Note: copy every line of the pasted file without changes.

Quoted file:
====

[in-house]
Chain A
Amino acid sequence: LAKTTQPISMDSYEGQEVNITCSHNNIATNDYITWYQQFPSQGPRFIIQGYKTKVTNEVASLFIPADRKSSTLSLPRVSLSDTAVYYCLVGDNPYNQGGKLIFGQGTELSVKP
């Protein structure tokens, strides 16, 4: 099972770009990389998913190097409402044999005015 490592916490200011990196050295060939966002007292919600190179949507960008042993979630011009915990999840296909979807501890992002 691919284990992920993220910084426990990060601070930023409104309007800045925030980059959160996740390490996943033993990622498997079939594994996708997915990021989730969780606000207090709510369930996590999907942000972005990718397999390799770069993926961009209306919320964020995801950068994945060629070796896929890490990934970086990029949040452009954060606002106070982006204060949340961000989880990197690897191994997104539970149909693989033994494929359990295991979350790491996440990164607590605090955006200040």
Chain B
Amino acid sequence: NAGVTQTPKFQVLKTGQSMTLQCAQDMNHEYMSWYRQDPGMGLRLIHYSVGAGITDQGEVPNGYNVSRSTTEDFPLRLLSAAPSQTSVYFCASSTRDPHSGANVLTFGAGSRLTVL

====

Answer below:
[in-house]
Chain A
Amino acid sequence: LAKTTQPISMDSYEGQEVNITCSHNNIATNDYITWYQQFPSQGPRFIIQGYKTKVTNEVASLFIPADRKSSTLSLPRVSLSDTAVYYCLVGDNPYNQGGKLIFGQGTELSVKP
């Protein structure tokens, strides 16, 4: 099972770009990389998913190097409402044999005015 490592916490200011990196050295060939966002007292919600190179949507960008042993979630011009915990999840296909979807501890992002 691919284990992920993220910084426990990060601070930023409104309007800045925030980059959160996740390490996943033993990622498997079939594994996708997915990021989730969780606000207090709510369930996590999907942000972005990718397999390799770069993926961009209306919320964020995801950068994945060629070796896929890490990934970086990029949040452009954060606002106070982006204060949340961000989880990197690897191994997104539970149909693989033994494929359990295991979350790491996440990164607590605090955006200040």
Chain B
Amino acid sequence: NAGVTQTPKFQVLKTGQSMTLQCAQDMNHEYMSWYRQDPGMGLRLIHYSVGAGITDQGEVPNGYNVSRSTTEDFPLRLLSAAPSQTSVYFCASSTRDPHSGANVLTFGAGSRLTVL